A lot of attention is given to fat, cholesterol, partially hydrogenated foods and high fructose corn syrup. I believe the most overlooked food content item, especially amongst young families, is sodium.
Many older Americans must watch their sodium because of creeping high blood pressure, kidney disease or other health concerns. But many young children don’t have a specific health reason for which to monitor sodium, but there is ample reason to be vigilant.
According to the Mayo Clinic, only 11 percent of sodium consumption comes from salting food on your plate. An overwhelming 77 percent comes from pre-packaged and processed foods and the remaining 12 percent comes from natural sources.
Since packaged foods are a part of most family’s eating routine, here are a few tips to help reduce sodium consumption:
*Rely on frozen or fresh vegetables and fruits rather than canned. However, if you must use canned fruits and vegetables, be sure to pour the contents in a strainer and rinse them well with water. This can remove up to 30% of sodium. Double bonus: by using less canned food items, you are also reducing your exposure to BPA.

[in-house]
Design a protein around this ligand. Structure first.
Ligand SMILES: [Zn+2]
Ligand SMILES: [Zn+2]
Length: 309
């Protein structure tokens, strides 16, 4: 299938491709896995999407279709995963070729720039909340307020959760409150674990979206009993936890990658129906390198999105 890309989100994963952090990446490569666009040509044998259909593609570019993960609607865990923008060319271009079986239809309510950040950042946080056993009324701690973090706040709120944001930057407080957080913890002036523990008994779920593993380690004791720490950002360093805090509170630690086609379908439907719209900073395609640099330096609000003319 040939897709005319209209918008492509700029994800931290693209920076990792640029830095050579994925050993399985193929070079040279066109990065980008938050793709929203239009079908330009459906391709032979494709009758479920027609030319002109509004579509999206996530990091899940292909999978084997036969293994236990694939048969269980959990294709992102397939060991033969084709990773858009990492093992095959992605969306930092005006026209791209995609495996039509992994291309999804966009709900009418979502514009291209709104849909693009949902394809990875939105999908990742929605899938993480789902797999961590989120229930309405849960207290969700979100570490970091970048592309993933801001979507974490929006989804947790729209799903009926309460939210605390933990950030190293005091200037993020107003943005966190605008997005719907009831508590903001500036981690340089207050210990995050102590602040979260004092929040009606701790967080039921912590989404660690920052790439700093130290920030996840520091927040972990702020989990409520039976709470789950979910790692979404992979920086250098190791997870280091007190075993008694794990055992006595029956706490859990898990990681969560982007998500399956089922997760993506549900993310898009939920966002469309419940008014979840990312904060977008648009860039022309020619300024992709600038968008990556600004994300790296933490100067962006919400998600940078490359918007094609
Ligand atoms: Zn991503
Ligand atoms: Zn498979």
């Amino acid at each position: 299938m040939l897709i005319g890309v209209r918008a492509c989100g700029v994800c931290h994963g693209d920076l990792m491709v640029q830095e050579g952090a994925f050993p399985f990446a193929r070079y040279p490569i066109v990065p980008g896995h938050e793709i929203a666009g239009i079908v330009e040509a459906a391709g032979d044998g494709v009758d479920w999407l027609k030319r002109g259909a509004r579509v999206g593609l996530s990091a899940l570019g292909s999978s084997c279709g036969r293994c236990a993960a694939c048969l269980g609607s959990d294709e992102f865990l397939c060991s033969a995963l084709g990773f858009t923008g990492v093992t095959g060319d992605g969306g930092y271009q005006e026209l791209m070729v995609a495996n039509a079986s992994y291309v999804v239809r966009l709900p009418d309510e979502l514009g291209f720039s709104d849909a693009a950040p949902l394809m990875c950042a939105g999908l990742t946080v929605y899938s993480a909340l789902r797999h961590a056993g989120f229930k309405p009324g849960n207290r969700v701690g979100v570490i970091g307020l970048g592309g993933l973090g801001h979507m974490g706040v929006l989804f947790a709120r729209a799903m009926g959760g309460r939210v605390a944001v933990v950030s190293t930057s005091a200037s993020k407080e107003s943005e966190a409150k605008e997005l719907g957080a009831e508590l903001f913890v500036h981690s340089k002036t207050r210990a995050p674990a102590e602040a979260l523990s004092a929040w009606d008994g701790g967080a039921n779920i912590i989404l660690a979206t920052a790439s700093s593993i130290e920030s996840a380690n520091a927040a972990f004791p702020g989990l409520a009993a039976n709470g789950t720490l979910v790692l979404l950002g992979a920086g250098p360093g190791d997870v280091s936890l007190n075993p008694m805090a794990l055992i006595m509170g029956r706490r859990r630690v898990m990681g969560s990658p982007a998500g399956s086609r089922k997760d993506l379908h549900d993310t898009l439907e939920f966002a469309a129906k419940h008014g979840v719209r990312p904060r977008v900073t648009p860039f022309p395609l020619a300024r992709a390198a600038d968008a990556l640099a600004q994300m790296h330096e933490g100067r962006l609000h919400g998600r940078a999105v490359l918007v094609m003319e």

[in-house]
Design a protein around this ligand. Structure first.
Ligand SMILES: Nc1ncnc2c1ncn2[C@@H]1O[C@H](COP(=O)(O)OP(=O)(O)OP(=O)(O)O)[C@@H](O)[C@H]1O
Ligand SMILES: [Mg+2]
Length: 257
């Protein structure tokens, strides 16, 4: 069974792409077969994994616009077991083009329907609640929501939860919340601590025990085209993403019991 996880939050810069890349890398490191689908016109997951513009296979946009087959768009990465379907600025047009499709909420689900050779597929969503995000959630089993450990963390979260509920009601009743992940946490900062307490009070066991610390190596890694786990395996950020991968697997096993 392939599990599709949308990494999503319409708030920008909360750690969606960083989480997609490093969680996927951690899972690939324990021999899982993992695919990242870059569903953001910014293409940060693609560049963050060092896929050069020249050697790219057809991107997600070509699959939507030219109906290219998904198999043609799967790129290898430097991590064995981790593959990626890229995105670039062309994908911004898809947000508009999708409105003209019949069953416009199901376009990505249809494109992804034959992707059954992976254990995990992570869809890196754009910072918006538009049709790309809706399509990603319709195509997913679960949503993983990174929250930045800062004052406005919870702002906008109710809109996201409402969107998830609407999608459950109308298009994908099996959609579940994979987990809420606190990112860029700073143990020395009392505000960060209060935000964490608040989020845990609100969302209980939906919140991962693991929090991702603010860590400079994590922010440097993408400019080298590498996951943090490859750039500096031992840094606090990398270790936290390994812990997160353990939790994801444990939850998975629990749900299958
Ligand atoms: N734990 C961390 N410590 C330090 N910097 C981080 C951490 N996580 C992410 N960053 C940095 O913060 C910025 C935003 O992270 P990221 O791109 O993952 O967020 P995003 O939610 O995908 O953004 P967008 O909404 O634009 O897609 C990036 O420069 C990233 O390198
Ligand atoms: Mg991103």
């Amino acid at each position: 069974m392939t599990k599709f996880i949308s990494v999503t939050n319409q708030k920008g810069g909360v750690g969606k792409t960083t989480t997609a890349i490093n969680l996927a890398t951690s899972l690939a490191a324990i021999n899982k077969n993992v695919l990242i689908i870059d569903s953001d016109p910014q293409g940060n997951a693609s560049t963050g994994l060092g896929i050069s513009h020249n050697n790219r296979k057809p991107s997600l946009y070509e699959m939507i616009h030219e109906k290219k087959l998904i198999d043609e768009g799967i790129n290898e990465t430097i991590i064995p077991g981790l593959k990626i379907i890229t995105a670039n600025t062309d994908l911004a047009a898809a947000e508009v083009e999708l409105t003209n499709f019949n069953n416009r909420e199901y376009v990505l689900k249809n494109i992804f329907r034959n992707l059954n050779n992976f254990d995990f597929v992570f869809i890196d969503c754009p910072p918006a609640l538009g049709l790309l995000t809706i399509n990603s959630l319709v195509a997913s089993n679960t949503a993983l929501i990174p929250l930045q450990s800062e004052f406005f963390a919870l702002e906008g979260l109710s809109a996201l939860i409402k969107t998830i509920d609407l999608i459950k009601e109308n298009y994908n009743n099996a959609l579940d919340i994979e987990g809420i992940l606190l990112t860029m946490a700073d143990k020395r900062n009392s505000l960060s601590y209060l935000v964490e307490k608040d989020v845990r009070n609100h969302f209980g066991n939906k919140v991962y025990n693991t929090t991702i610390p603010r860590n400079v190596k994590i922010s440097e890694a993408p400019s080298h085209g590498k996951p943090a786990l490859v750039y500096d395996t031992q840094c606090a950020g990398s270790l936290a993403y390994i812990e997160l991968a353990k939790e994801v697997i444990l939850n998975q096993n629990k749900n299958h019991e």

*Do not use salt when boiling pasta or other items such as vegetables. It is usually unnecessary and if the finished product needs a dash of salt, you can add it at the table.
*Remember hidden source of salt, such as disodium phosphate, disodium inosinate, disodium guanylate, monosodium glutamate (MSG), and others.
*Buy reduced sodium products whenever possible, but remember even “reduced” sodium products can still contain a good bit of salt.
*Here are some frequently consumed foods that have high sodium:
Jarred cooking sauces (like spaghetti sauce, etc)
Macaroni and Cheese
Prepackaged rice and pasta mixes
Chips, pretzels, packaged snacks
Salad Dressings and Marinades
So today’s Tuesday’s Tip is to keep your salt in check!